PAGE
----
Plum Island Light
Lighthouse on Plum Island
|Location||Plum Island (New York)|
|Year first lit||1827|
|Construction||second light on granite house (1869)|
metal tower (1978)
|Tower height||50 feet (15 m) from sea level|
|Original lens||10 whale oil lamps (1827)|
Sixth-order fresnel (1856)
Fourth-order fresnel (1897)
Automated flash (1978)
|Range||5 nautical miles (9.3 km)|
|Characteristic||2.5 second White flash|
|ARLHS number||USA-606 |
|USCG number||1-21090 |
|Heritage||place listed on the National Register of Historic Places|
Plum Island Light Station
|NRHP reference #||11000014|
|Added to NRHP||February 11, 2011|
Plum Island Light is located on the western end of Plum Island, which lies east of Orient Point which in turn is at the end of the North Fork of Long Island in the US state of New York. An historic granite lighthouse originally built in 1869 sits at the site, but no longer serves as an active aid to navigation. It was listed on the National Register of Historic Places in 2011. A short distance northwest of the granite lighthouse building is a 14 feet (4.3 m) metal tower that holds the automated light that has served as an aid to navigation since the earlier light was decommissioned in 1978.
In 1826 the west end of Plum Island was purchased from Richard Jerome for $90 for the purpose of building a lighthouse. The following year a 35 feet (11 m) high stone tower had been constructed to support the first light. That first light consisted of ten whale oil lamps with reflectors. The light helped navigation near the entrance to Long Island Sound, especially through the "Plum Gut" channel between Orient Point and Plum Island. In 1856 the original lamps and reflectors were replaced by a sixth-order Fresnel lens.
By the late 1860s the lighthouse was falling into disrepair. A new 55-foot (17 m) tall granite lighthouse building was constructed and in service by 1869. The structure is of the same design as lighthouses at Sheffield Island in Norwalk, Connecticut; Morgan Point in Noank, Connecticut; Great Captain Island in Greenwich, Connecticut, Old Field Point in Old Field, New York; and Block Island North on Block Island Rhode Island. The sixth order lens from the original lighthouse had been moved to the new building, then it was changed to a newer fourth-order lens in 1897.
In 1897 Fort Terry was built on Plum Island. The relations between lighthouse keepers and army personnel remained congenial for many years, and the keepers could usually purchase food and supplies at the Fort commissary. But in 1916 an order came down and the keeper at Plum Island Light was informed that purchasing supplies at Fort Terry was no longer allowed. The rule forced William Chapel, the keeper at the time, to sail over a mile to Orient, or 12 miles to New London to purchase supplies. Eventually the United States Lighthouse Service was able to persuade the Army that lighthouse keepers should once again be allowed to purchase supplies at army commissaries.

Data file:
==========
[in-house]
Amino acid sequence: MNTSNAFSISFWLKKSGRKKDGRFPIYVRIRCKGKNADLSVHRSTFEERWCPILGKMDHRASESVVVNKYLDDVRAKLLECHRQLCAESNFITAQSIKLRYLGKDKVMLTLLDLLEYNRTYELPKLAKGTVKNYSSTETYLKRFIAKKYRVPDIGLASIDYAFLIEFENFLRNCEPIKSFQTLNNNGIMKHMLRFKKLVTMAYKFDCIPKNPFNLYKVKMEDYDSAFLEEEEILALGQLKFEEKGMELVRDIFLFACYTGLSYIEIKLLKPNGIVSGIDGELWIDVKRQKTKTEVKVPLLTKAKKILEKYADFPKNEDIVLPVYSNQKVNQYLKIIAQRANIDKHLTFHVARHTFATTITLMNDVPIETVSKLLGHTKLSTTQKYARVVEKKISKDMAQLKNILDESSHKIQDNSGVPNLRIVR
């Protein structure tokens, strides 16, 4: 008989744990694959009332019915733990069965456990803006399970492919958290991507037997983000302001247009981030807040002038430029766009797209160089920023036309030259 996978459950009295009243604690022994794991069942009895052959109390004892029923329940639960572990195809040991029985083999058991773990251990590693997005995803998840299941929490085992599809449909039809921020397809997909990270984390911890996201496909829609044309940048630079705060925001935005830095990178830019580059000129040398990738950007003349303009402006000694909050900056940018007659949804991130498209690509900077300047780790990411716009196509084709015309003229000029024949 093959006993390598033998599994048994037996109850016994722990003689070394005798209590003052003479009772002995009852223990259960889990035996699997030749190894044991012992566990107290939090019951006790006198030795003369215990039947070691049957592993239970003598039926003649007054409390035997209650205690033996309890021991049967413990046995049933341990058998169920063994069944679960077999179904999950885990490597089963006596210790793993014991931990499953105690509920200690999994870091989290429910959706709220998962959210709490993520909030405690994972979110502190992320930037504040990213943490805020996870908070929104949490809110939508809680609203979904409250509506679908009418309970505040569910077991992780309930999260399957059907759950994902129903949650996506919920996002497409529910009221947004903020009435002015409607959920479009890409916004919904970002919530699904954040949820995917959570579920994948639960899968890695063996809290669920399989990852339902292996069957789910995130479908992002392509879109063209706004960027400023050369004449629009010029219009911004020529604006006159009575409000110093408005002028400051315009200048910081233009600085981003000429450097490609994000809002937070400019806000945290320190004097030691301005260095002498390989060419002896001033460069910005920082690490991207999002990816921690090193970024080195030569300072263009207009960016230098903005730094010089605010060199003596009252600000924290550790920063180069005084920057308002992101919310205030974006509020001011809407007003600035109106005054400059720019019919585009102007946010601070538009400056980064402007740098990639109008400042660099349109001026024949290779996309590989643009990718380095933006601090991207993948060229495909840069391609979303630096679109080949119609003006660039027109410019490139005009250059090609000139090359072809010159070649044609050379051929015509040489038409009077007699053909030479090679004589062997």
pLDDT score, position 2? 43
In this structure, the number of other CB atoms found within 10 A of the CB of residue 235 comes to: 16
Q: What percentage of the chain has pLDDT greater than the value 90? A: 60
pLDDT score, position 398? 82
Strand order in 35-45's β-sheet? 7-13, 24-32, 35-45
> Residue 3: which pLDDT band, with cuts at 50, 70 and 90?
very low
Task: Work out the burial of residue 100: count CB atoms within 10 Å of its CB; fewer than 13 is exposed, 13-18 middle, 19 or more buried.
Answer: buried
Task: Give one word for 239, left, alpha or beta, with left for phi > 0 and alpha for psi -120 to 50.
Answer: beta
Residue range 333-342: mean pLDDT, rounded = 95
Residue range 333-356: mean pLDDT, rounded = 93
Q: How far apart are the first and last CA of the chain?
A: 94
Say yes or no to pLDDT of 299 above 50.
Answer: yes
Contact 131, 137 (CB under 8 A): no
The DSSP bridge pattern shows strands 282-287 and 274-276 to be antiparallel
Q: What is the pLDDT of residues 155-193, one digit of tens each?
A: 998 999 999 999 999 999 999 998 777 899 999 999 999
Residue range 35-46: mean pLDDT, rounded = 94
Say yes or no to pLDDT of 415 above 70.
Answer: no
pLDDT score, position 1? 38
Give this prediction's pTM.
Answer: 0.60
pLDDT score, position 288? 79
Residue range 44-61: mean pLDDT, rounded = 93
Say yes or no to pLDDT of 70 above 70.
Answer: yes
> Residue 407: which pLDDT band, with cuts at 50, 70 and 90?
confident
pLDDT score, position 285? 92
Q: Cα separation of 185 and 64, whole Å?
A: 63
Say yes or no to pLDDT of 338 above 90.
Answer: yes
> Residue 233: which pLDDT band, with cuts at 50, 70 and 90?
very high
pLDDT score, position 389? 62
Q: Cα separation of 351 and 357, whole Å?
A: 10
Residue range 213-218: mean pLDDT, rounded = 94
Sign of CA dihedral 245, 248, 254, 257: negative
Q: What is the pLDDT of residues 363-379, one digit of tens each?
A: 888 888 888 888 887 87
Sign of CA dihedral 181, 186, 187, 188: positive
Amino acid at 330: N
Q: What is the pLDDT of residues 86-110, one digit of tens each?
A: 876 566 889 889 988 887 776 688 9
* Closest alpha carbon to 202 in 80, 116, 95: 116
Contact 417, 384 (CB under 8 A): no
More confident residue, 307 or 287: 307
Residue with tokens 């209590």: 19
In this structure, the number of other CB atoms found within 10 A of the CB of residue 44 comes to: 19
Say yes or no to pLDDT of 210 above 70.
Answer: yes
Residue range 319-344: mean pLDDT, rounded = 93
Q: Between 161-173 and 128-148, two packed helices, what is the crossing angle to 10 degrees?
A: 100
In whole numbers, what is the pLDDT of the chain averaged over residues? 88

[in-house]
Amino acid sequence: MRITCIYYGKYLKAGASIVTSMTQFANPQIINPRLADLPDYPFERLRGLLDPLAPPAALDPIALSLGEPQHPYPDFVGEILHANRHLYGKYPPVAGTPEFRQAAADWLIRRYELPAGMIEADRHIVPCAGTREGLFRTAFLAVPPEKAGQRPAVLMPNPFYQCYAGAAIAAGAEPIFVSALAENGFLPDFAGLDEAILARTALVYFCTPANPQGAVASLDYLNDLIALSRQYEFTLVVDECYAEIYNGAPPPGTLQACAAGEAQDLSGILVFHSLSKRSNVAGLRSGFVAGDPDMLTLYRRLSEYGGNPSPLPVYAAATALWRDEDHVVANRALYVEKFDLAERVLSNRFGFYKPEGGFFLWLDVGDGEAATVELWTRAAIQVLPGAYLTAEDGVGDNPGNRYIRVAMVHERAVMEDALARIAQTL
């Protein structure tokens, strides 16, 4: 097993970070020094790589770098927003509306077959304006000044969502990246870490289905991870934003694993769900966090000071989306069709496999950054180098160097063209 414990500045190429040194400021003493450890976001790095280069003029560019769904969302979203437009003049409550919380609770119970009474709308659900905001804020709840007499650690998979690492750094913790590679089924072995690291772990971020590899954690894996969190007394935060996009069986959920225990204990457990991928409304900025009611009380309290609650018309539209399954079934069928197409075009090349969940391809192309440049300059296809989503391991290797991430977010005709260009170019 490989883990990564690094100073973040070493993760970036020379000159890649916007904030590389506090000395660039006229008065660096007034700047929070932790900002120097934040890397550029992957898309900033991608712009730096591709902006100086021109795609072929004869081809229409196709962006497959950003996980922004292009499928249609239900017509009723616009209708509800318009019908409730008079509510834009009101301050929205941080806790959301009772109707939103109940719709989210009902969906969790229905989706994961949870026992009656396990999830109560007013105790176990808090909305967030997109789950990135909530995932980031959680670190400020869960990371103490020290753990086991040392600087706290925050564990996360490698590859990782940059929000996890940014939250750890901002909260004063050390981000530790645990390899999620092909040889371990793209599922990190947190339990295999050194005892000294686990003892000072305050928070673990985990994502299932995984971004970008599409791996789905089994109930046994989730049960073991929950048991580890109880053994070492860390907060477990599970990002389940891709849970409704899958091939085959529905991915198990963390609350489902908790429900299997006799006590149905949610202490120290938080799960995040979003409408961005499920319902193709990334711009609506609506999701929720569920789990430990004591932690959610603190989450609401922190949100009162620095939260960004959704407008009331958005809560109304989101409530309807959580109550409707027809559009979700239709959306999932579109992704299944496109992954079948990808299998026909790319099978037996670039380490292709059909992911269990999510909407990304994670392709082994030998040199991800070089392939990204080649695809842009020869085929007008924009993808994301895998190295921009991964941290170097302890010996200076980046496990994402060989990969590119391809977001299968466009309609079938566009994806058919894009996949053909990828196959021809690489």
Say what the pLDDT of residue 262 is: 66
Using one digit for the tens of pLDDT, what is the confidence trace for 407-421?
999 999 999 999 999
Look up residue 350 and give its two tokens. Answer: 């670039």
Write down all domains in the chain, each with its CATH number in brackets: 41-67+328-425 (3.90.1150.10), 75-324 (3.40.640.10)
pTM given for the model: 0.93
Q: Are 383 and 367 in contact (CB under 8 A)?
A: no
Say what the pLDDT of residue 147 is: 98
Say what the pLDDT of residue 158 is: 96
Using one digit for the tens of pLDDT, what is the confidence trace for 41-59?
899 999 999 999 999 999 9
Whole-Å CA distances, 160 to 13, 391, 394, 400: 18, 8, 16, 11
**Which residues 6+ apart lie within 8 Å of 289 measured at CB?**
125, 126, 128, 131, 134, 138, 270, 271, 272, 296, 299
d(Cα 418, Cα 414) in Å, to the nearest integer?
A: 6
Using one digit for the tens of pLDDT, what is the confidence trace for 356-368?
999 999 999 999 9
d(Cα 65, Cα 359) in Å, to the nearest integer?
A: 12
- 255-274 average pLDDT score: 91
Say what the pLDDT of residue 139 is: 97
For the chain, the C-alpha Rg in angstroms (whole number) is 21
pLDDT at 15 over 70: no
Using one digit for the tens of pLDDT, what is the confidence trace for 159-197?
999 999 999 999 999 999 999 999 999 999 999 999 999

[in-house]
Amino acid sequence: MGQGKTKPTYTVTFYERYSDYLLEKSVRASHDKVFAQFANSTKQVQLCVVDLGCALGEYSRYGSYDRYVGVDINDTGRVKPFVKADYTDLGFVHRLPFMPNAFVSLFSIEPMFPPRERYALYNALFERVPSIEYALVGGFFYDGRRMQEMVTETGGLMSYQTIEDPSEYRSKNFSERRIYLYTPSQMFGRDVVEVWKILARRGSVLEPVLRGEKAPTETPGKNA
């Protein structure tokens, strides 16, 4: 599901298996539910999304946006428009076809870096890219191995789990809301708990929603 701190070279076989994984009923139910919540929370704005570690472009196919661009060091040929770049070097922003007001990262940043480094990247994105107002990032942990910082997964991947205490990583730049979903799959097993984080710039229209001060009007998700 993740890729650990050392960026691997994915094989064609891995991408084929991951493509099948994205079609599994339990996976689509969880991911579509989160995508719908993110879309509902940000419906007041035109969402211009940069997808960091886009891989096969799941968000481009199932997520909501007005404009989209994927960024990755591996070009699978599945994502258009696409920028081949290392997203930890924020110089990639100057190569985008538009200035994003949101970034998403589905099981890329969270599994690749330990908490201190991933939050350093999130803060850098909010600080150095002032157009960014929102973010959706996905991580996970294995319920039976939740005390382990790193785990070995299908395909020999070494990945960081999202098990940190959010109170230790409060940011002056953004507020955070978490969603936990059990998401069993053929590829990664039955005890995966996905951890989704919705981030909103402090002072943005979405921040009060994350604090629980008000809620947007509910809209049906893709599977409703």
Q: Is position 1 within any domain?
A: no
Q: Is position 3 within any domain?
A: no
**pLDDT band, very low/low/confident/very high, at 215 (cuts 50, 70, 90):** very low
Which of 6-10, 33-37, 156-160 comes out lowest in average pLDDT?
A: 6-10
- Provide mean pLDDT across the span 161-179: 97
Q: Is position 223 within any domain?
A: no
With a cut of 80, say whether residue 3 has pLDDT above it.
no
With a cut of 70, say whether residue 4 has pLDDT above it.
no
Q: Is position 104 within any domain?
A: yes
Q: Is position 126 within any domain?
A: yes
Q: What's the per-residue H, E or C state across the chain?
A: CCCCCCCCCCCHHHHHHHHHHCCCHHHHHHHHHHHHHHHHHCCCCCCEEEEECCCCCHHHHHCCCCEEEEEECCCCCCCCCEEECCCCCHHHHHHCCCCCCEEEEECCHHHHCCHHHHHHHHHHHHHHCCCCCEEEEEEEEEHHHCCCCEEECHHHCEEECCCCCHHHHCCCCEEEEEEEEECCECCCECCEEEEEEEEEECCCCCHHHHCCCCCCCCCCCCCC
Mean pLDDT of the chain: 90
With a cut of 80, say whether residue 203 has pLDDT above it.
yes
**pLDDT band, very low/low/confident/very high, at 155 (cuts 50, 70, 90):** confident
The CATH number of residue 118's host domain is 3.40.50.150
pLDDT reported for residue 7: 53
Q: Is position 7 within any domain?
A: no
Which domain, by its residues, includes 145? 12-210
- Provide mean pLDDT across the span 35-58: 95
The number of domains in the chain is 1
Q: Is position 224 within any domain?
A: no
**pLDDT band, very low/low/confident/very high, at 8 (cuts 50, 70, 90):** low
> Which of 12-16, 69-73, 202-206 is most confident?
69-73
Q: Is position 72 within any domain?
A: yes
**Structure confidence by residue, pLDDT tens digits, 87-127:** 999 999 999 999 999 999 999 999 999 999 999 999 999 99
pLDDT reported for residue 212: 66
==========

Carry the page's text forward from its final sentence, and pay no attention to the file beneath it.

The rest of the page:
Starting in 1939 the Lighthouse Service duties were taken over by the United States Coast Guard. Coast Guard employed keepers were removed from Plum Island in 1978 when the light was automated on a structure built to the side of the 1869 lighthouse.
Starting in 2000 the East End Lighthouses group (distinct from the Seaport Museum organization) was formed and has been working since that time with various government agencies to refurbish, and to hopefully eventually relight the Plum Island light as an active aid to navigation. On April 24, 2007 a resolution was passed by the Town of Southold that will transfer ownership of the lighthouse to the town.
The Plum Island Lighthouse is not open for public visits except for community stakeholder groups who are considered for access to Plum Island on a case by case basis through the United States Department of Homeland Security. The light may be seen from the water, but landing on the island is restricted to persons authorized by the Department of Homeland Security for official business at the Plum Island Animal Disease Center.
The Archives Center at the Smithsonian National Museum of American History has a collection (#1055) of souvenir postcards of lighthouses and has digitized 272 of these and made them available online. These include postcards of Plum Island Light  with links to customized nautical charts provided by National Oceanographic and Atmospheric Administration.
- ARLHS World List of Lights
- Light List, Volume I, Atlantic Coast, St. Croix River, Maine to Shrewsbury River, New Jersey (PDF). Light List. United States Coast Guard.
- "National Register of Historic Places listings for February 18, 2011". National Park Service. February 18, 2011.
- "Historic Light Station Information and Photography: New York". United States Coast Guard Historian's Office. Retrieved 2008-09-08.
- "Plum Island Lighthouse, New York at Lighthousefriends.com". LighthouseFriends.com. Retrieved 2008-06-03.
- "Great Captain Island Lighthouse, Connecticut at Lighthousefriends.com". LighthouseFriends.com. Retrieved 2008-06-02.
- "Plum Island Update". East End Lighthouses. Retrieved 2008-06-03.
- Smithsonian lighthouse postcards
- "East End Seatport Museum and Marine Foundation". Retrieved 2008-06-03.
- "Plum Island (Plum Gut) Lighthouse - Plum Island, Long Island, New York". Retrieved 2008-06-03.